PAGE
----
Sunday, March 8, 2015

The Qur’an Surah 18: The Cave

The following is from a work-in-progress called The Qur'an: a Book Report, in which I read each surah of the Qur'an and write about what I learn. 

This surah tells four interesting stories: the story of the Sleepers of the Cave, the parable of the luscious gardens, the story of Moses and the holy man, and the story of Dhu l’Qarnayn, “the two-horned one.”  I will briefly summarize each of these stories.

The story of the Sleepers of the Cave is about a group of devout young monotheists who left their polytheistic culture for religious reasons.  They took refuge in a cave, sort of like monks.  They had a dog to guard the entrance.  These young men then fell asleep, and slept for 300 years, sort of like Rip Van Winkle.  When they woke up and re-emerged, their culture had changed to monotheism, much to their delight.

The parable of the luscious gardens tells of two men whom God blessed with really nice gardens.  One of the men, seeing that his garden produced more fruit than the other, became arrogant and did not give due credit to God, so God destroyed his garden.

The story of Moses and the holy man tells of a time when Moses decided to take a journey to “the place where the two seas meet.”  However, Moses’ servant accidentally lost their fish, and the fish somehow scooted across land to the sea, and swam away.  Hungry and demoralized, Moses and his servant headed back toward home.  While traveling, they met a holy man.  Moses asked if he could accompany this holy man, and learn from him.  The holy man said, “You will not be able to bear with me patiently,” meaning Moses would lack the proper insight and context to understand the holy man’s actions.  Moses said he would be patient, so they traveled together.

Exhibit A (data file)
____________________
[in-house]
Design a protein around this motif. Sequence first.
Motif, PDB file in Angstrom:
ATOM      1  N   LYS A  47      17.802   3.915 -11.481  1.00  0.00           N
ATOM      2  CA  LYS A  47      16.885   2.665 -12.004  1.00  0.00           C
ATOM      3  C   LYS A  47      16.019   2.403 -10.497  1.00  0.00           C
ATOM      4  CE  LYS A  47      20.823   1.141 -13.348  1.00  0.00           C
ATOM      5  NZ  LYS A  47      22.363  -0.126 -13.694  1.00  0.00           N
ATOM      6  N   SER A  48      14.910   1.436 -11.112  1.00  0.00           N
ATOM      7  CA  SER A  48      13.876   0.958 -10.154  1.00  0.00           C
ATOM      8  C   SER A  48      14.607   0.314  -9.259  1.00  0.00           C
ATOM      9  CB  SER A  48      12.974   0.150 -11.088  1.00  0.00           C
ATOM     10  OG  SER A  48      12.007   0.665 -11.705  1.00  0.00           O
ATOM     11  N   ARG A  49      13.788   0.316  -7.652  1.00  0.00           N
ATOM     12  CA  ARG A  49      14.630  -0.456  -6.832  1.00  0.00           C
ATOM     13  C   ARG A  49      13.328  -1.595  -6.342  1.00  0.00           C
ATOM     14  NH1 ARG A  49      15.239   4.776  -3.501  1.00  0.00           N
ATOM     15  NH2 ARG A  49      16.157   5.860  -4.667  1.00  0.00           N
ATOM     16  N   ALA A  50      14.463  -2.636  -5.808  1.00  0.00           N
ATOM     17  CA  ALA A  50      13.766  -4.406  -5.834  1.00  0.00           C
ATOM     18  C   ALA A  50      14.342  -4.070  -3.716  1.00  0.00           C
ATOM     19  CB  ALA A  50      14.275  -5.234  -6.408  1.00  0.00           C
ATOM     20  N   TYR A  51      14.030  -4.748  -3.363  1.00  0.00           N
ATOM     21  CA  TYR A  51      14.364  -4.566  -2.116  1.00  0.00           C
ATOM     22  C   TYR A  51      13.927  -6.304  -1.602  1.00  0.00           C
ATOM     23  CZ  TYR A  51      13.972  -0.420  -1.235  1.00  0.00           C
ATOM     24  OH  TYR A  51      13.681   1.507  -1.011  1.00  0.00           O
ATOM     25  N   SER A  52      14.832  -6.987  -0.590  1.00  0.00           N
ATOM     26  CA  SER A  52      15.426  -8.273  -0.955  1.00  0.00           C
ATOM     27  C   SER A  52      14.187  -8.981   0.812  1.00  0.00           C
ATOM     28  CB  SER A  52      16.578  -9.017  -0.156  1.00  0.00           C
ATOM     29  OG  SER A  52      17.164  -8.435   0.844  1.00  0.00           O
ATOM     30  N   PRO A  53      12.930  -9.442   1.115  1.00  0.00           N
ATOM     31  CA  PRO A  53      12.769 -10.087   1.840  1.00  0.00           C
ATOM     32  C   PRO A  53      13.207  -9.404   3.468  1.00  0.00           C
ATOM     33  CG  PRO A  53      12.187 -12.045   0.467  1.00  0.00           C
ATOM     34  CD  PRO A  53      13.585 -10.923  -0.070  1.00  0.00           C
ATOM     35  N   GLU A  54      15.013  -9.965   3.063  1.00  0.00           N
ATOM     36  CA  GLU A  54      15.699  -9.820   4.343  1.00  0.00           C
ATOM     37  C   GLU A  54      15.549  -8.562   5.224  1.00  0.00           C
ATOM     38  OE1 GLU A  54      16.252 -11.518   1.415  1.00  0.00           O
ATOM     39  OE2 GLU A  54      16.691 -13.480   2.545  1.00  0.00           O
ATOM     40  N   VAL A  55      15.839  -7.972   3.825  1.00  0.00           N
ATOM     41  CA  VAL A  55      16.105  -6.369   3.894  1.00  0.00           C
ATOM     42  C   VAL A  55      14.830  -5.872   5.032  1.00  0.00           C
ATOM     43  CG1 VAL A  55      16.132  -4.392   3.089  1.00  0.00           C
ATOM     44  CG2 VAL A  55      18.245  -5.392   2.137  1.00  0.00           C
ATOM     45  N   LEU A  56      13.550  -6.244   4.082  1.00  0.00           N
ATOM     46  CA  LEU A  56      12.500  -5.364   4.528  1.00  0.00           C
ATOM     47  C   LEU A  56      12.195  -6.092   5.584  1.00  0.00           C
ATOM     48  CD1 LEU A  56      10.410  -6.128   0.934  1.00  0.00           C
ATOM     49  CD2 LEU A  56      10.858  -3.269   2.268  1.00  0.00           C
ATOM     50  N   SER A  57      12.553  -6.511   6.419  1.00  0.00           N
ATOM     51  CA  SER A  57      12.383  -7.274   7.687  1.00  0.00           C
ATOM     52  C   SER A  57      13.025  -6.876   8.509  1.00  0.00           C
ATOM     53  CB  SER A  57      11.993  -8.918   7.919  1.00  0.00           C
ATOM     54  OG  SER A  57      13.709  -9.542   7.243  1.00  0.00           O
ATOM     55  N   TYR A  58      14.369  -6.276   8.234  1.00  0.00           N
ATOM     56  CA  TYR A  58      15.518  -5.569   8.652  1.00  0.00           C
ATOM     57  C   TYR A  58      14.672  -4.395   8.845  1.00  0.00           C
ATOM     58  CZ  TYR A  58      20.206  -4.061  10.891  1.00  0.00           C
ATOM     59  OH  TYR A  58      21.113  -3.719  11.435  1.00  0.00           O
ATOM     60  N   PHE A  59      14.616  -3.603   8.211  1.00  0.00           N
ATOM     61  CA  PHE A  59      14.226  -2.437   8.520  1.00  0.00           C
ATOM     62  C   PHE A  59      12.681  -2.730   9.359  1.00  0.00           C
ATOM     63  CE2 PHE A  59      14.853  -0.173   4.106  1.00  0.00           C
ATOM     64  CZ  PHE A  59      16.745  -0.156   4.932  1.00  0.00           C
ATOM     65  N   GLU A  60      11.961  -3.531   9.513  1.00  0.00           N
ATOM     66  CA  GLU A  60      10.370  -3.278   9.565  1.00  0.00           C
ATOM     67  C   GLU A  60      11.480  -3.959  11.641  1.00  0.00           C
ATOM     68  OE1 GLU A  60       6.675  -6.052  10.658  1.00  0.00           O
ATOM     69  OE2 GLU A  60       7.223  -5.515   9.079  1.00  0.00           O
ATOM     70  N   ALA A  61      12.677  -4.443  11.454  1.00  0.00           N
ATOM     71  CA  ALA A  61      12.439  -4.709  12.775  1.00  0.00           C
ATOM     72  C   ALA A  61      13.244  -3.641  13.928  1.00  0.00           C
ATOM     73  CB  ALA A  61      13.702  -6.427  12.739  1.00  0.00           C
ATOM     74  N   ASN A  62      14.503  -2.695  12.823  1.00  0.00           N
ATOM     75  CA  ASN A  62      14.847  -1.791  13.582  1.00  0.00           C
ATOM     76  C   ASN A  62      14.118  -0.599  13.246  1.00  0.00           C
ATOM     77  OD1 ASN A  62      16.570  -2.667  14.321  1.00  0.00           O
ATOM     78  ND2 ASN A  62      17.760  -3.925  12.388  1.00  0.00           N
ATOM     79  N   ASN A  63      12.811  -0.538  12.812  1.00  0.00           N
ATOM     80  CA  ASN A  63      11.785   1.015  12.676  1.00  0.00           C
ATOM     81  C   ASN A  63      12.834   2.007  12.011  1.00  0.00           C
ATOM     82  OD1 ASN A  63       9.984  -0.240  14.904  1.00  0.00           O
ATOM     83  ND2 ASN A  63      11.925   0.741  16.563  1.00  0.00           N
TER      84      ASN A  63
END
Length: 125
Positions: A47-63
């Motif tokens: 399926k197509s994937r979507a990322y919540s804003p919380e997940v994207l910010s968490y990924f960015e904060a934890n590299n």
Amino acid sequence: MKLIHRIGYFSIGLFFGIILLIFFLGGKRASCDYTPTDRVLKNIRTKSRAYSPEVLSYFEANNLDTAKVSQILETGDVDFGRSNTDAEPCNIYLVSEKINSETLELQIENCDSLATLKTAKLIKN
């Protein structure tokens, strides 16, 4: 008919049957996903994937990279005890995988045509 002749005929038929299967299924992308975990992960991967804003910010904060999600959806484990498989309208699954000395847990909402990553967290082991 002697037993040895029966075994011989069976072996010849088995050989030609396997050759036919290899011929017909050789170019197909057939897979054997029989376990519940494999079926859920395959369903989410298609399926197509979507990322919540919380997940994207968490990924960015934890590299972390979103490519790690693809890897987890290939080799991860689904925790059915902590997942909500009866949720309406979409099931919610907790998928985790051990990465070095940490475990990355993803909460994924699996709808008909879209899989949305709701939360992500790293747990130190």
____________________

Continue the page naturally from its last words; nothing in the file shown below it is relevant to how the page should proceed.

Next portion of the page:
Just as the holy man predicted, he did some things that baffled and upset Moses.  When they reached the sea and set off in a boat, the holy man punched a hole in the boat.  A little later, the holy man killed a boy.  Then they arrived in a town where the people refused to give them hospitality.  Instead of retaliating, the holy man fixed one of the walls in the town for free.  When Moses and the holy man parted company, the man explained the context of his actions, so they made more sense (except for killing the boy—his explanation for that one seems a bit thin).

Finally, the surah tells the story of Dhu l’Qarnayn, or “the two-horned one.”  This is not the devil.  Some believe it is Alexander the Great.  The identity of the two-horned one is a subject of scholarly debate.  Anyway, Dhu l’Qarnayn was a person to whom God gave great power—to judge among people, to build strong fortifications, etc.

At the end of the surah is this poetic passage: “If the whole ocean were ink for writing the words of my Lord, it would run dry before the words were exhausted.”  This suggests that God has a lot more stories and insights in mind than can be revealed in any holy book.  There are just too many stories.

The Sleepers of the Cave

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